Book review: Feeding Everyone No Matter What: Managing Food Security After Global Catastrophe, by David Denkenberger and Joshua M. Pearce.
I have very mixed feelings about this book.
It discusses some moderately unlikely risks – scenarios where most crops fail worldwide for several years, due to inadequate sunlight.
It’s hard to feel emotionally satisfied about a tolerable but uncomfortable response to disasters, when ideally we’d prevent those disasters in the first place. And the disasters seem sufficiently improbable that I don’t feel comfortable thinking frequently about them. But we don’t yet have a foolproof way of preventing catastrophic climate changes, and there are things we can do to survive them. So logic tells me that we ought to devote a few resources to preparing.
The authors sketch a set of strategies which could conceivably ensure that nobody starves (Wikipedia has a good summary). There might even be a bit of room for mistakes, but not much.
The book focuses on the technical problems, with the hope that others will solve the political problems. This makes some sense, as the feasibility of various political solutions is very different if the best political strategy saves 95% of people than if it saves 30%.
It’s a bit disturbing that this seems to be the most expert analysis available for these scenarios – the authors appear fairly competent, but seem to have done less research than I expect from a technical book. They may have made the right choice to publish early, in order to attract more support. I’m mainly disturbed by what the lack of expertise says about societal competence.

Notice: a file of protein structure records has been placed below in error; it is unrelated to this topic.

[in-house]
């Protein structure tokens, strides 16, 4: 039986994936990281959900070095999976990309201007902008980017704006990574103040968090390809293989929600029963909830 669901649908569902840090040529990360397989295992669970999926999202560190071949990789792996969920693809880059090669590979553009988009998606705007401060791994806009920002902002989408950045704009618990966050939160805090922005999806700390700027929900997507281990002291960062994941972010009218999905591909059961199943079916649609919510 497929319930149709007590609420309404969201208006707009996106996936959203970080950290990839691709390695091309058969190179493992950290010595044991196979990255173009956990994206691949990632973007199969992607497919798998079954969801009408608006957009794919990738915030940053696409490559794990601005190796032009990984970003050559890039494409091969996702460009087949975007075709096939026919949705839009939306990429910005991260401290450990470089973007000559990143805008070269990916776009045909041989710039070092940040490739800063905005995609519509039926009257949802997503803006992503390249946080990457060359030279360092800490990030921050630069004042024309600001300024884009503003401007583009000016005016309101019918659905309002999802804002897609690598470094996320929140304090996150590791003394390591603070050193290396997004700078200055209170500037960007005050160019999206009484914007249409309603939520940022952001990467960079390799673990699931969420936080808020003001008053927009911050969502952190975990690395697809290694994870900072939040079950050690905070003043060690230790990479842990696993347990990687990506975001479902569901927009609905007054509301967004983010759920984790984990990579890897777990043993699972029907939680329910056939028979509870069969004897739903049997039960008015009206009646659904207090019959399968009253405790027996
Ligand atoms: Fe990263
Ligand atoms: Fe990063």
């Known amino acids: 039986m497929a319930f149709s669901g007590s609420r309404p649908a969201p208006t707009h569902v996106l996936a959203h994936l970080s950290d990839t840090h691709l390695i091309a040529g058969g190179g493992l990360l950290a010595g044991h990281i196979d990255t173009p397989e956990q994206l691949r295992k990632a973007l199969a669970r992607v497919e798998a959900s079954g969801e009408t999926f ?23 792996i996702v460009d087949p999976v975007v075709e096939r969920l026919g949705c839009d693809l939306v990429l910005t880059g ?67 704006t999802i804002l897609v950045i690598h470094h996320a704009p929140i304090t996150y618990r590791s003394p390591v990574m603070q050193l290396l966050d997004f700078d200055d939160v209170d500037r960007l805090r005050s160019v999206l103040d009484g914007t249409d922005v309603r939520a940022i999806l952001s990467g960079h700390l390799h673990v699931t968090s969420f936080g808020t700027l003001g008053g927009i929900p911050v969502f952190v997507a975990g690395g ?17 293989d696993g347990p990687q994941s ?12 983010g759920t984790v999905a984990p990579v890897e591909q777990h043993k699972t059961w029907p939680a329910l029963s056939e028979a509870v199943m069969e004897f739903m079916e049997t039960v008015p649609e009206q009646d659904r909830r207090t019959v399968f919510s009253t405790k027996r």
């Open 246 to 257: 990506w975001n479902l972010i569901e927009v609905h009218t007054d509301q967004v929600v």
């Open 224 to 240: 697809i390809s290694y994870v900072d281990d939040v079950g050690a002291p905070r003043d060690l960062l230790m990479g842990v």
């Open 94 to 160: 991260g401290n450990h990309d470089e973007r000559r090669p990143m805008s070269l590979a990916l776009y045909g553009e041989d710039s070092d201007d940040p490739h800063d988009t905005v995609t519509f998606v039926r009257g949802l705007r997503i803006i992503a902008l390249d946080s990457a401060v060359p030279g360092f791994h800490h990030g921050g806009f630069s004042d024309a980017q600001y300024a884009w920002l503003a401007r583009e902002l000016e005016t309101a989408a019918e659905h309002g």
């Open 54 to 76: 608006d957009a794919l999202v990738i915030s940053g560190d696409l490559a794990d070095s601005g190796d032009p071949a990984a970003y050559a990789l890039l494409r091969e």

The book leaves me with lots of uncertainty about how hard it is to improve on the meager preparations that have been done so far.
For example, I expect there are a moderate number of people who know something about rapidly scaling up mushroom production. Are they already capable of handling the needed changes? Or are drastically different preparations needed? It’s hard for me to tell without developing significant expertise in growing mushrooms.
There’s probably an urgent need for a bit more preparation for extracting nutrition from ordinary leaves. In particular, I expect it to matter what kinds of leaves to use. The book mostly talks of leaves from trees, but careless people in my area might include poison hemlock leaves, with disastrous results. A small amount of advance preparation should be able to cause large reductions in this kind of mistake.
Another simple preparation that’s needed is a better awareness of where to look in a crisis. The news media in particular ought to be able to quickly find this kind of information even when they’re overwhelmed with problems.
I’m guessing that a few hundred thousand dollars of additional effort in this area would have high expected value, with strongly diminishing returns after that. I’ve donated a small amount to ALLFED, and I encourage you to donate a little bit as well.